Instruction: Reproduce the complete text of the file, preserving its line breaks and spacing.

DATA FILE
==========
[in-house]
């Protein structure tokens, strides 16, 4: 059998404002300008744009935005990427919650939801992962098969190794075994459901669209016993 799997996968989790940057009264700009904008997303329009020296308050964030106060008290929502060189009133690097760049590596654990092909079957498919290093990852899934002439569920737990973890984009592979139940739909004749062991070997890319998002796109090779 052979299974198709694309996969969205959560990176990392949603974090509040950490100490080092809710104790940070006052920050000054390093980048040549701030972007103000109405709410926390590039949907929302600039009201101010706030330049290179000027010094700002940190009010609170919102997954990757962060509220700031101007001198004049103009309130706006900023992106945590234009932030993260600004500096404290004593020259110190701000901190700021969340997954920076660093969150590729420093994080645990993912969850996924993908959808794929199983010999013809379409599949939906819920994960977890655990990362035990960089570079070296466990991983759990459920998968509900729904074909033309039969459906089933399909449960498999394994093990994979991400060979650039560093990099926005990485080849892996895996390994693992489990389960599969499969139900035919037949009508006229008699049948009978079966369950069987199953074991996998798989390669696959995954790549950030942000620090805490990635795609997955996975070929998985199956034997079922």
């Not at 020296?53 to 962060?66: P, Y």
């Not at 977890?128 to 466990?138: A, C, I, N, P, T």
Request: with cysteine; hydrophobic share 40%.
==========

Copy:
[in-house]
């Protein structure tokens, strides 16, 4: 059998404002300008744009935005990427919650939801992962098969190794075994459901669209016993 799997996968989790940057009264700009904008997303329009020296308050964030106060008290929502060189009133690097760049590596654990092909079957498919290093990852899934002439569920737990973890984009592979139940739909004749062991070997890319998002796109090779 052979299974198709694309996969969205959560990176990392949603974090509040950490100490080092809710104790940070006052920050000054390093980048040549701030972007103000109405709410926390590039949907929302600039009201101010706030330049290179000027010094700002940190009010609170919102997954990757962060509220700031101007001198004049103009309130706006900023992106945590234009932030993260600004500096404290004593020259110190701000901190700021969340997954920076660093969150590729420093994080645990993912969850996924993908959808794929199983010999013809379409599949939906819920994960977890655990990362035990960089570079070296466990991983759990459920998968509900729904074909033309039969459906089933399909449960498999394994093990994979991400060979650039560093990099926005990485080849892996895996390994693992489990389960599969499969139900035919037949009508006229008699049948009978079966369950069987199953074991996998798989390669696959995954790549950030942000620090805490990635795609997955996975070929998985199956034997079922």
């Not at 020296?53 to 962060?66: P, Y």
């Not at 977890?128 to 466990?138: A, C, I, N, P, T």
Request: with cysteine; hydrophobic share 40%.